In 2016, the World Economic Forum predicted that 35 percent of the skills deemed essential would have changed within five years. This was before a pandemic further exacerbated the need for automation, data, and remote work. The notion of cultivating soft skills is no longer a lofty idea for companies to graze over. Soft skills are critical for ensuring employees and companies stay relevant and afloat, especially during uncertain times.
While hard skills such as computer programming or machine operation are specific to one job, soft skills such as time management and teamwork are more transferable among jobs and industries. Whether you are contemplating a career shift or your company wants to focus on staff training, soft skill development should be a priority. Here are four reasons why.
Change is inevitable
(soft skills needed: adaptability, stress management, resiliency)
The pandemic ushered in a flood of unplanned pivots for employers and employees, but a myriad of unexpected transitions occur all the time in a workplace. A 2017 study by the American Psychological Association (APA) concluded that 55 percent of people who experienced organizational change at work reported feeling chronic stress, and more recently in the 2020 APA stress survey, 78 percent of respondents shared that the pandemic is a significant source of stress in their life. Being able to adapt and manage difficult situations will help keep your cortisol levels down and build resilience for future changes to come. One way to do this is to focus on what’s called your locus of control. Defined by clinical psychologist Julian Rotter, the locus of control looks at whether you believe your circumstances are due to the influence of an external force or whether you believe you have an internal responsibility for what happens in your life. Shifting from external to internal locus of control leads to positive psychological well-being and work performance. This, in turn, results in higher levels of resilience.
As a company, resilience and adaptability can be achieved by:
Normalising wellbeing and mental health
Celebrating strengths and achievements, especially during stressful transitions
Providing opportunities for mentorship and peer-to-peer support
Communicating openly, honestly and frequently
Encouraging active listening, regular feedback and transparency
Home is no longer removed from our work day
(soft skills needed: empathy and teamwork)
The boundary between home and work is no longer the rigid line it used to be. Virtual meetings are held wherever a laptop can be perched, kids are walking into Zoom calls, and pets are yapping in the background. Rather than feeling frustrated by these interruptions, use them as an opportunity to connect and empathise. Most likely, others will be able to relate to your experience. “If you share your kid’s latest funny antics or your own latest area for improvement, you’ll also help your team see you as a real person,” shares Adam Tiouririne from Opus Vox. If you have team members across the country or world, try to keep in mind what is happening in their region and check to see if and how they’re affected.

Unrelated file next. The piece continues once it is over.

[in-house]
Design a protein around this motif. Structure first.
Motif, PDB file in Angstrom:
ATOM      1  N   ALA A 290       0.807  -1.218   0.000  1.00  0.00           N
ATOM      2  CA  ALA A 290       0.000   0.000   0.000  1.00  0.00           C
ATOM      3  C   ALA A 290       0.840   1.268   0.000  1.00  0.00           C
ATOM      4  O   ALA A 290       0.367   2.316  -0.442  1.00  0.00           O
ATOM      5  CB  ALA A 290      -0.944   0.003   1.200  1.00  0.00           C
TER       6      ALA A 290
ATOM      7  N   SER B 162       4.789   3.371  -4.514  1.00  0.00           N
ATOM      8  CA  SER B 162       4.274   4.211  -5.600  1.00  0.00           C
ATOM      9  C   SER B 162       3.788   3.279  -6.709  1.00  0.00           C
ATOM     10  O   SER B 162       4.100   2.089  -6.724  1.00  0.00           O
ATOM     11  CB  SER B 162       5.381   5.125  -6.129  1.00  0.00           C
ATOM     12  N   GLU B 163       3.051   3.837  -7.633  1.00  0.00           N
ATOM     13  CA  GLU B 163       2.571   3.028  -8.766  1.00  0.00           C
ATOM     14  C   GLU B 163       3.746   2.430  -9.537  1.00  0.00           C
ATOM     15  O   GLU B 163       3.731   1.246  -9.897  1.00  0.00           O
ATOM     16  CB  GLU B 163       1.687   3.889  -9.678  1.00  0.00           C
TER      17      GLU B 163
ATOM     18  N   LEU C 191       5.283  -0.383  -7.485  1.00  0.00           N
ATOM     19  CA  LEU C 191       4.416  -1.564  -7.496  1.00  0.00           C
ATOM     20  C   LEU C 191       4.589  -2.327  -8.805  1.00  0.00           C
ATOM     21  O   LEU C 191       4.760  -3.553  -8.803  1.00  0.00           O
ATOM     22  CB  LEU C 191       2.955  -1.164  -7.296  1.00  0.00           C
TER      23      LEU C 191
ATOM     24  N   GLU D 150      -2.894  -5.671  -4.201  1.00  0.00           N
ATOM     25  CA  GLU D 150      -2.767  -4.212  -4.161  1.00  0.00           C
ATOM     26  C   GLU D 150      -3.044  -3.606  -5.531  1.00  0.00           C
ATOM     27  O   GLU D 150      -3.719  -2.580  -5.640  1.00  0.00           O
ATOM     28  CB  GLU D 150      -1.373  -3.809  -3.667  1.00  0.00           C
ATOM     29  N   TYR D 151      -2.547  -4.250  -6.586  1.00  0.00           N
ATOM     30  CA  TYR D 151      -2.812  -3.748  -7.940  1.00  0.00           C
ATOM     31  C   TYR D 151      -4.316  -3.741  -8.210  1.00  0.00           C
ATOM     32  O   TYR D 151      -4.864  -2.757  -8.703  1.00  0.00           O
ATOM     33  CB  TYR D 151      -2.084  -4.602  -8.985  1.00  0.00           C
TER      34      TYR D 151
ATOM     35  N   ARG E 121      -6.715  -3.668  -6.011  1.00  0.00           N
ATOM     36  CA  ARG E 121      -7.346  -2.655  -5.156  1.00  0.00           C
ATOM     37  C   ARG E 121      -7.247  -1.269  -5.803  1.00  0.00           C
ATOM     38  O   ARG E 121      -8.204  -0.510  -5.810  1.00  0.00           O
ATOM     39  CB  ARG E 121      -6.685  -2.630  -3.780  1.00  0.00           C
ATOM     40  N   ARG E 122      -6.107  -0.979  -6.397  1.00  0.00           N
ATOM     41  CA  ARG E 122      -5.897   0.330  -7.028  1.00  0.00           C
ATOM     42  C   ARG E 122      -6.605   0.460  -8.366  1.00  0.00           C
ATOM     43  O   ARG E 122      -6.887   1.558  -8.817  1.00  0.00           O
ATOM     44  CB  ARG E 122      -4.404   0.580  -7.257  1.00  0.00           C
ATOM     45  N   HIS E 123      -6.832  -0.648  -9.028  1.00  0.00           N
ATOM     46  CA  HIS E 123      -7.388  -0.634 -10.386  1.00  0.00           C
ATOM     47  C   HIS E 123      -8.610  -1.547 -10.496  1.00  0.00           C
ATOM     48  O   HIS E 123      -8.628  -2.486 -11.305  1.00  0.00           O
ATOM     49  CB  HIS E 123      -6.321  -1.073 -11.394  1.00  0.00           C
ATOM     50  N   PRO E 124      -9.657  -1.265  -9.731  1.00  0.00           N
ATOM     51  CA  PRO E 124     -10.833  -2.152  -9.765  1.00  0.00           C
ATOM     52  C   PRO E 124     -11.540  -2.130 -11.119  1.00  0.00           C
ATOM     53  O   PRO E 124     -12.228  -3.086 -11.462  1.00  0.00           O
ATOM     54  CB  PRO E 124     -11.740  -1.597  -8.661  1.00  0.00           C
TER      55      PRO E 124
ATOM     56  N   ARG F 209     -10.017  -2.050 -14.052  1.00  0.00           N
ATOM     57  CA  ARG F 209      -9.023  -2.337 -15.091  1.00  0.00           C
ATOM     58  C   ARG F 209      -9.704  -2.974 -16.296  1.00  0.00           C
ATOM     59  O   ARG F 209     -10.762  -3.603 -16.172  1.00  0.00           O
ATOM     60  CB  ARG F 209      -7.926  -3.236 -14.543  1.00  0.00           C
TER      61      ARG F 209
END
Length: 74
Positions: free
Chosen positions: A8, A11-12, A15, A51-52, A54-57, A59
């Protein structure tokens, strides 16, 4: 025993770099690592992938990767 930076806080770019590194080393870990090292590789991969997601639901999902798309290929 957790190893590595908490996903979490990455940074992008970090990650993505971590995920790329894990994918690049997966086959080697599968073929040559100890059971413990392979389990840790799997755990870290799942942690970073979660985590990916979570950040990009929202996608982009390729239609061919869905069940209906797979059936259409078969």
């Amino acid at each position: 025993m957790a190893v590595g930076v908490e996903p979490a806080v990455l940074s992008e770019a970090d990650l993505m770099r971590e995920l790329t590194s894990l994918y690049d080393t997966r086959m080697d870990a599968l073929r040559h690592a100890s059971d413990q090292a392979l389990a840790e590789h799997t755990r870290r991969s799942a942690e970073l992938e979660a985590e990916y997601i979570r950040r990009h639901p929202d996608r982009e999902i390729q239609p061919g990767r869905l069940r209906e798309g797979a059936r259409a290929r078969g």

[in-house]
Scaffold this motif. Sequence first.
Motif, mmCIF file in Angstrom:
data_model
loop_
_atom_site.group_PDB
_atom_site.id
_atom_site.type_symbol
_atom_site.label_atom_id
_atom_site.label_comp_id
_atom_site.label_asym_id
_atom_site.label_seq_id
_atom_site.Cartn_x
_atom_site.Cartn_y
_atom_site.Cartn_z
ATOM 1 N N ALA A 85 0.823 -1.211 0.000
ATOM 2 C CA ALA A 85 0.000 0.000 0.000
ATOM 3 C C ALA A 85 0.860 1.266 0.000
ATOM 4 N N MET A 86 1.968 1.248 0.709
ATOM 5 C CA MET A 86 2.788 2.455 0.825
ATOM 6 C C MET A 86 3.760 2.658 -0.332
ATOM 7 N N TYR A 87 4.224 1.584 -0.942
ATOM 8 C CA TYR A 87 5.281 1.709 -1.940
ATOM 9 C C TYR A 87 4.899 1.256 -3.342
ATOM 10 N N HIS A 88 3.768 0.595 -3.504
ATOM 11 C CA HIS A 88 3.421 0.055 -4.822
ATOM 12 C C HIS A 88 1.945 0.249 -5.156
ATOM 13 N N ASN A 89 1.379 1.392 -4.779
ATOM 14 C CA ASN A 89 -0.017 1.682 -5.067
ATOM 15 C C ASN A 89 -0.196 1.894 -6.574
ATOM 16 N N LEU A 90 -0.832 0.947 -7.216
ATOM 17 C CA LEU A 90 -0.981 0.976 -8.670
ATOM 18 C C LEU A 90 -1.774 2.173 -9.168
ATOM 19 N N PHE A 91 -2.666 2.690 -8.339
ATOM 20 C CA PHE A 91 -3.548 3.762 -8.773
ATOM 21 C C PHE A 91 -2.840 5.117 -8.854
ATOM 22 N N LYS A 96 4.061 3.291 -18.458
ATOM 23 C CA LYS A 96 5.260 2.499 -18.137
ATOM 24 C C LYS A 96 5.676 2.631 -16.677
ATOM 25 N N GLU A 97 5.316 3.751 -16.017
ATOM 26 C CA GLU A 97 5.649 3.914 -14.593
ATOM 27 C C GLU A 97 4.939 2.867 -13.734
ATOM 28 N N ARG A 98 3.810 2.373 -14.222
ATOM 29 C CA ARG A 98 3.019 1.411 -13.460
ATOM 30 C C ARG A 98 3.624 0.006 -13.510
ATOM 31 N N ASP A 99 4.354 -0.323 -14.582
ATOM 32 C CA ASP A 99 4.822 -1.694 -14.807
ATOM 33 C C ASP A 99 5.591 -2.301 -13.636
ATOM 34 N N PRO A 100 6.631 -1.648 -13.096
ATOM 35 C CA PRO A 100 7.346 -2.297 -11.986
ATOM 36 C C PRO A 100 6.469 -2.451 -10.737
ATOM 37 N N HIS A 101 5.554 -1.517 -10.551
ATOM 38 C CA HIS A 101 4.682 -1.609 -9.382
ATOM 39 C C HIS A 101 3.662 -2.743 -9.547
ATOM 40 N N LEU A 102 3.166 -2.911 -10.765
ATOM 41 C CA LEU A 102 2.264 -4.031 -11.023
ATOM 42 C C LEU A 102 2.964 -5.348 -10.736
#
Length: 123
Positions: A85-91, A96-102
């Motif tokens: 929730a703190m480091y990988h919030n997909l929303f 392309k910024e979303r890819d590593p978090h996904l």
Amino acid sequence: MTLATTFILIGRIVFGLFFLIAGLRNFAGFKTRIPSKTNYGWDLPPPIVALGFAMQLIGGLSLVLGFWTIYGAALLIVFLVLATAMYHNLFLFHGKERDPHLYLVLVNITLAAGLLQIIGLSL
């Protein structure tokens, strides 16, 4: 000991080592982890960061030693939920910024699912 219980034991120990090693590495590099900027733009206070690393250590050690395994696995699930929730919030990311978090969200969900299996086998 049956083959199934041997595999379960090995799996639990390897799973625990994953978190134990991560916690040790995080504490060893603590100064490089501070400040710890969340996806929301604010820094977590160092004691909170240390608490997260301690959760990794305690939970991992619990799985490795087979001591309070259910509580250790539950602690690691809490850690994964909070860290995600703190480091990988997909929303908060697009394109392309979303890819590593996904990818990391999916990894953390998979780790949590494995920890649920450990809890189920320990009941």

No one is watching over your shoulder
(soft skills needed: initiative, motivation, time management)
Most of us are relieved not to be in an office within earshot and eyeshot of colleagues and managers. That said, it puts the weight of responsibility on ourselves to keep motivated and manage our time during the day. Staying productive can be difficult with all the distractions working from home can create. At LeadMe, we emphasise the importance of finding your daily rhythm and identifying the times that you get your best work done. For some, that may be first thing in the morning and for others it may be from 2-4pm. Whenever it is for you, schedule your most creative, high-level projects in those time blocks.
Our days are driven by circadian and ultradian cycles. Research by Nathaniel Kleitman proposed we have a basic rest-activity cycle (BRAC) of 90-minutes. At the beginning of your 90-minute cycle, you’ll feel energised and focused, but by the end, you might feel tired or mentally overwhelmed. “Our bodies send us clear signals when we need a break, including fidgetiness, hunger, drowsiness and loss of focus. But mostly, we override them. Instead, we find artificial ways to pump up our energy: caffeine, foods high in sugar and simple carbohydrates, and our body’s own stress hormones — adrenaline, noradrenaline and cortisol,” Tony Schwartz, journalist and author, shares in an article, For Real Productivity, Less is Truly More. Instead of working straight through the cycles of your day, try setting a timer for 90 minutes. When your alarm beeps, take an uninterrupted 20-minute break away from screens and notifications before coming back to your work.
Virtual communication is still very nuanced
(soft skills needed: communication, emotional intelligence)
While many communication cues don’t translate the same way from in-person to virtual, how we interact with others is still based on our emotional intelligence. John Mayer and Peter Salovey, two U.S.-based researchers, first defined the term Emotional Intelligence and classified it into four capabilities that are applicable whether you are communicating online or face-to-face.
Are you able to name your emotions?
Are you able to manage your emotional response?
Can you pick up on others’ emotions?
Are you able to regulate your and others’ emotions?